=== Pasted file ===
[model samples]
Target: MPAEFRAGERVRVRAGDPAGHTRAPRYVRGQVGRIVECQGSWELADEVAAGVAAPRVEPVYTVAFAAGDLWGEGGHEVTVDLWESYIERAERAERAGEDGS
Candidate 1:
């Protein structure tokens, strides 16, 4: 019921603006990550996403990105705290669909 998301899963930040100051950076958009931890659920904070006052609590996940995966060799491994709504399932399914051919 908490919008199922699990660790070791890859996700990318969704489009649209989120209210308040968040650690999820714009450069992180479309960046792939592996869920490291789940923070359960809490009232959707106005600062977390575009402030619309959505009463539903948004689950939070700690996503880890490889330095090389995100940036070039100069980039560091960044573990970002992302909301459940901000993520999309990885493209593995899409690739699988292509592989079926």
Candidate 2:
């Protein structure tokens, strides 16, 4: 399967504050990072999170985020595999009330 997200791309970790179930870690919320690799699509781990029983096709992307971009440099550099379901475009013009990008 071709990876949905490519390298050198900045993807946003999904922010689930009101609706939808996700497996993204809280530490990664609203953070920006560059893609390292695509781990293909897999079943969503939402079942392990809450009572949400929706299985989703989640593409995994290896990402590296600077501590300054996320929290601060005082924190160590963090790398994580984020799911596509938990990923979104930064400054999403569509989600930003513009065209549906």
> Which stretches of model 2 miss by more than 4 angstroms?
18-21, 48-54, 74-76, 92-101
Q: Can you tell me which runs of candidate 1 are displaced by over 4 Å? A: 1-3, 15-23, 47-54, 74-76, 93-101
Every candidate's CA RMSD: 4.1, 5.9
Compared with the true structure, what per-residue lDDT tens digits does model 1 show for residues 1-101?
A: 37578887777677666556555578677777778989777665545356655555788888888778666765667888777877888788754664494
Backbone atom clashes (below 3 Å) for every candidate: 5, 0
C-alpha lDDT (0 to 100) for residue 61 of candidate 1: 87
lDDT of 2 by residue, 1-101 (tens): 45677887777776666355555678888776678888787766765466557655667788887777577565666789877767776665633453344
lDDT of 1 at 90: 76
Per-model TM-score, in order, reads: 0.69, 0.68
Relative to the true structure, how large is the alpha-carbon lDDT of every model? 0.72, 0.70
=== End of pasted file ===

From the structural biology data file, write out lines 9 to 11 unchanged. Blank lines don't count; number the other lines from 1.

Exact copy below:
Q: Can you tell me which runs of candidate 1 are displaced by over 4 Å? A: 1-3, 15-23, 47-54, 74-76, 93-101
Every candidate's CA RMSD: 4.1, 5.9
Compared with the true structure, what per-residue lDDT tens digits does model 1 show for residues 1-101?